By Fernando Compean

While on my educational trips around the world I perceive a relentless quest to achieve high professional standards that induce a parallel understanding of what service is supposed to be.  I also see the human and cultural differences that oppose the intention of achieving these aspirations. We strive to reach a similar level of understanding of the specialized positions and jobs in our industry, by installing the right skills in our junior staff and strengthening our professional habits, but we leave the human part to personal intuition… unfortunately not everyone is equally intuitive. 

For instance, recently in my travels to Asia I noticed sharp differences among the nations of this region, just as I have seen in Latin America. All differ regarding the process that turns events into good, regular or very bad. 

Imagine this scenario: the most common complaint among meeting planners is the slow responsiveness of suppliers (mainly by hotels). This is aggravated by the requirement to get all the answers faster due to decreased planning time. The second complaint of the organizers is the lack of candor by the supplier. 

There are plenty of studies that give us insight into the cultural differences. We know that in Latin America our sense of time is almost opposite to the Swiss or Germans, and just opposite theirs when compared to their neighbors, the Italians. These cultural differences in people are almost impossible to change. The same is true when referring to the dissimilarities on how culture addresses the sometimes harsh (and necessary) things to say. In Japan, for example, it is difficult to contradict or tell customers cruel realities. They simply do not want to hurt our feelings; there is much respect for people. While in the United States people just come out and say it and no feelings are involved.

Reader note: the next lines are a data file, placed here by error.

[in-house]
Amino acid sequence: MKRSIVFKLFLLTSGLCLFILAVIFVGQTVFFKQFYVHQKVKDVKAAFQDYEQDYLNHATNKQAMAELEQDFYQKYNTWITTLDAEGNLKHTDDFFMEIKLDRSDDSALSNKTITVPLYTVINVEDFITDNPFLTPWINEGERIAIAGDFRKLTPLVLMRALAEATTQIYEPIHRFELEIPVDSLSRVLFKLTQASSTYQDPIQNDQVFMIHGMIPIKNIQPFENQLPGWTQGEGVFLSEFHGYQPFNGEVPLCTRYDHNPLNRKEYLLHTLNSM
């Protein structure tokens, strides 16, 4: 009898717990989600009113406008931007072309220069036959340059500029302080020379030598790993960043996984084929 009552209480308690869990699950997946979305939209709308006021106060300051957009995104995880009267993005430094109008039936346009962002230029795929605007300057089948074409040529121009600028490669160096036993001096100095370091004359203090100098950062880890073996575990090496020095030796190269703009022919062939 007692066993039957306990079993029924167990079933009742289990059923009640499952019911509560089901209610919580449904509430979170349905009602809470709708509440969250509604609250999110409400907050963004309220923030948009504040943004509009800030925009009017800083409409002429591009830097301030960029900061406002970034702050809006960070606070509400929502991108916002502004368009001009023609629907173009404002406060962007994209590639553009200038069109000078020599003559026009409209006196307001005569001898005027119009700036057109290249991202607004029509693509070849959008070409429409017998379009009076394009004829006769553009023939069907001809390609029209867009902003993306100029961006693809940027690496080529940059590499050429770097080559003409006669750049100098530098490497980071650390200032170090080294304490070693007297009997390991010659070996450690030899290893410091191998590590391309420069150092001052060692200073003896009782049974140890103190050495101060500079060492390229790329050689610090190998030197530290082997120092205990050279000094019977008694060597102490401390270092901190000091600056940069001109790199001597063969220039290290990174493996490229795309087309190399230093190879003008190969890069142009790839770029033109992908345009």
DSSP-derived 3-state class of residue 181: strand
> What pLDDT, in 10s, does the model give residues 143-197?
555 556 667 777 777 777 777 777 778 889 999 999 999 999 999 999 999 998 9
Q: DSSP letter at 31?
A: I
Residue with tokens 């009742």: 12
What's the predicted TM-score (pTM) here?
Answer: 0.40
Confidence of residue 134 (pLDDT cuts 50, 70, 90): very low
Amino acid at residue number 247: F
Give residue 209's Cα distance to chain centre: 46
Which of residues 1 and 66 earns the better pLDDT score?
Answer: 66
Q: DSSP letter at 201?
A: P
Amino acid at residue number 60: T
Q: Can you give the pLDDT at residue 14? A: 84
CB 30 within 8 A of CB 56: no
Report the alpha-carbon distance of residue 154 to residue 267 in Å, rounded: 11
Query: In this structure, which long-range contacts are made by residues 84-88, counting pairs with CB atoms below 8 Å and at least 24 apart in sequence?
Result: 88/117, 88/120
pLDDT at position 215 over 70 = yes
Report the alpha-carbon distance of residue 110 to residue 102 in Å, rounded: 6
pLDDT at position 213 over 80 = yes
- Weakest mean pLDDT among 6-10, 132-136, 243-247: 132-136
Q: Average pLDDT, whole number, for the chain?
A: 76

In Latin America we have a natural inclination to please others, therefore we are very flexible and sometimes even magicians of improvisation, but in other countries if it was not planned, it is difficult to cannot change. 

On the one hand we want to be equal, and on the other hand we have different philosophies of life and assign different values ​​to our actions. Some involve feelings; others put all the weight on achieving the goals even if it means stepping on some toes. 

The lesson I gather from this is that we should discover, understand and respect the culture, traditions and customs of our clients but also of participants and providers from one city to another, from one province to another and from one country to another. In my view excellence in events happens when we mix everything in one basket, including the human factor, and not just fulfill what the customer requests, or to be an ace in logistics. 

As meetings and events professionals, we have been successful working and learning the technical aspects.  Perhaps it is time to concentrate and focus more on the human side, without leaving decisions solely to intuition. Excellence of future events will only be achieved if we have a balance between the technical and the human elements. 

About Fernando Compean:

Fernando Compean, CITE, CMM, CMP, CMS, CIS, CCM is the owner of two prestigious companies dedicated to Tourism and Meetings and Incentive Travel. For 25 years he has owned and managed one of the very few Incentive Houses in Mexico, Avanti Meetings and Incentives a specialized company dedicated to the marketing of events and Mundo Editorial, S.A de .C.V. , editing and trade publications, tools for the industry. With over 43 years in the MICE industry, he is considered one of the most knowledgeable and influential leaders in tourism in Mexico and the most influential in the Meetings and Events Industry of Mexico and Latin America. Fernando is also the founder and developer of the SITE Certified Incentive Specialist program.